The other major issue with healthcare is that it is a heavily regulated industry in terms of privacy, and for good reason. Personal healthcare information, along with all of the other data therein (birthdates, social security numbers, payment data, etc.) should be some of the most highly protected information on the planet, according to Jack Liu, CEO of ALLIVE, an intelligent healthcare ecosystem based on blockchain technology that provides encrypted health profile, personal AI doctor and comprehensive healthcare services.
The balancing act of accessibility versus security
Patients are taking more control over their health care needs, and the industry has responded by setting up database systems (EHR/EMR) that hold individual healthcare records. Patients can now access their data stored by healthcare providers with a username and password. Also, there’s Olife–one of the three components of ALLIVE–which gives people back control of their personal health data by encrypting and storing them on the blockchain. In the name of transparency this is a good thing.
At the same time, healthcare providers want to be able to share individual patient information among themselves when that becomes necessary e.g. when a patient is transferred to another institution. To this end, the U.S. government has even provided over $1.2 billion in funding to healthcare providers who work toward consolidated records on patients, so that there is a single “file” to which all individual practitioners have access. This is efficient and ensures that no condition, medication, etc. is overlooked as treatment protocols are implemented.
But with all of this consolidation and storage in cyberspace comes the clear threat of breaches. And the healthcare industry must look to innovative and more secure methods of both storage and transmission. The answer may very well lie in blockchain technology.
The promise of blockchain for the healthcare industry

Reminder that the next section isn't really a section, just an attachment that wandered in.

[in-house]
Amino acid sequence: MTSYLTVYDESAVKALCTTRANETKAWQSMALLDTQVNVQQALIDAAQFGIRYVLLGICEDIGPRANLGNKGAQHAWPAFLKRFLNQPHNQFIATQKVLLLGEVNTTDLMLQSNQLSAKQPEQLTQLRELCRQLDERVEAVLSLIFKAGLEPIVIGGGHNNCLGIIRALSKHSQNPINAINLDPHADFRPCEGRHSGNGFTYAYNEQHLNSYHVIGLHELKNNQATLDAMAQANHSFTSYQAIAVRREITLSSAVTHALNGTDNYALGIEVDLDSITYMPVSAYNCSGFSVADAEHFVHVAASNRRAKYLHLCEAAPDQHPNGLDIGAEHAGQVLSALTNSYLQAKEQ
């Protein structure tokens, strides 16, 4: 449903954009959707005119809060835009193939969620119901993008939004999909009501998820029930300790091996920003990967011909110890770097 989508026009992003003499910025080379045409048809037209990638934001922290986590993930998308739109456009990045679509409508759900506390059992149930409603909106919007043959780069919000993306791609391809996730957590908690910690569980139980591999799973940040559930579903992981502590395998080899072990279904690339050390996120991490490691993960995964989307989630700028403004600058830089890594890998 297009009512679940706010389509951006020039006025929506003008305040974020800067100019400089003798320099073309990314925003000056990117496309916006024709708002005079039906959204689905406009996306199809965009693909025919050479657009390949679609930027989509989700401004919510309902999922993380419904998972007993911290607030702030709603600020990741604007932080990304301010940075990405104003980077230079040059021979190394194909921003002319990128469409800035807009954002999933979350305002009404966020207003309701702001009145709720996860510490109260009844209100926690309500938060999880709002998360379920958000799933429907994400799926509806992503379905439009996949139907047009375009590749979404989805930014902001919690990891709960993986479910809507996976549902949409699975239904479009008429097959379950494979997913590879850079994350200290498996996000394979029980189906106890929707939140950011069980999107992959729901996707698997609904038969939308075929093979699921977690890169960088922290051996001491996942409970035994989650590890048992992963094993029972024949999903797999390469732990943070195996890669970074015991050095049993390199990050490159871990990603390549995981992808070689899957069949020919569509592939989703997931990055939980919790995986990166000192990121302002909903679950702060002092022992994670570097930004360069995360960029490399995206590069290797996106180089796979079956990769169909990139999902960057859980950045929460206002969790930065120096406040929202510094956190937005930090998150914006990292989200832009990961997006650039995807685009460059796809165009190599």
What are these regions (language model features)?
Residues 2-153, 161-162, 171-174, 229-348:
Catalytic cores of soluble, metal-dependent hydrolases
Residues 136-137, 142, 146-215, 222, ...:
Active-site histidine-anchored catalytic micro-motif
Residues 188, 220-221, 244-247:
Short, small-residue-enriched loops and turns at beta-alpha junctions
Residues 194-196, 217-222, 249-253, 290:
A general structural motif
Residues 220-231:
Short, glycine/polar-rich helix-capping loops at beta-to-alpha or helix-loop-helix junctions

While most associate blockchain technology with cryptocurrency, its use for a surprising number of industries is now being explored and implemented. Why? Because information and data are stored in immutable ‘blocks’ that cannot be altered and cannot be accessed without key codes provided to those who have permissioned access to the data.
The implications for the healthcare industry are pretty clear. Here are just a few examples of how exactly blockchain can improve data security.
1. Immutable and traceable patient records
According to Liu, “If patient records are recorded and stored in a blockchain-based system, they are secure and unalterable. Patients can grant permission to healthcare providers to access those records and to package new records into blocks that will become part of a permanent history of that patient.”
This all means that there is no more transmission of records via traditional means – means that leave themselves open to theft. A single irresponsible employee who has left their computer open to a breach and who holds medical records can mean that an entire database can be breached. If those records are entered into a blockchain and not held locally, however, that event cannot occur.
2. Reduction of pharmaceutical fraud/theft
Pharma companies need to track the movement of their drugs, especially controlled substances, from manufacture to end points in the supply chain. When blockchain is implemented, there is a full record of the transport of such drugs, leaving far less chance for them to be stolen at points of transfer. And recipients of such drugs know exactly where they came from and how they got to their endpoints. The implications for the reduction in drug counterfeiting are clear.
3. Improved data exchanges in clinical trials
It takes a long time for drugs to receive approval – years, actually. When studies are conducted globally, there is no method by which those studies can be collated into a single database. “Blockchain would mean that results of clinical trials can be securely consolidated and efficacy demonstrated,” Liu said.
4. Lack of insurance fraud
Insurance fraud is a major concern and it’s a crime. It occurs when dishonest providers and patients submit claims/information to receive payable benefits. There is billing for services not really performed; there is the falsification of a patient’s medical condition to justify tests; there is upcoding and kickbacks, etc. All of these things bring up the costs of healthcare insurance for everyone. For instance, Medicare fraud in the U.S. alone costs about $60 billion a year.
“A blockchain environment can eliminate a large portion of this fraud when providers and patients must enter their information and data to be verified, recorded and stored and health insurance companies must have access to that data,” Liu said.
No system is foolproof. But the traditional systems that are being used in healthcare today are woefully lacking in the security that could be available. The stakes of security beaches are high – not just in monetary costs and losses to industry providers but to patients whose personal information is at risk. Blockchain technology holds a great deal of promise for the healthcare industry, and it is time for all providers and researchers to explore the potential.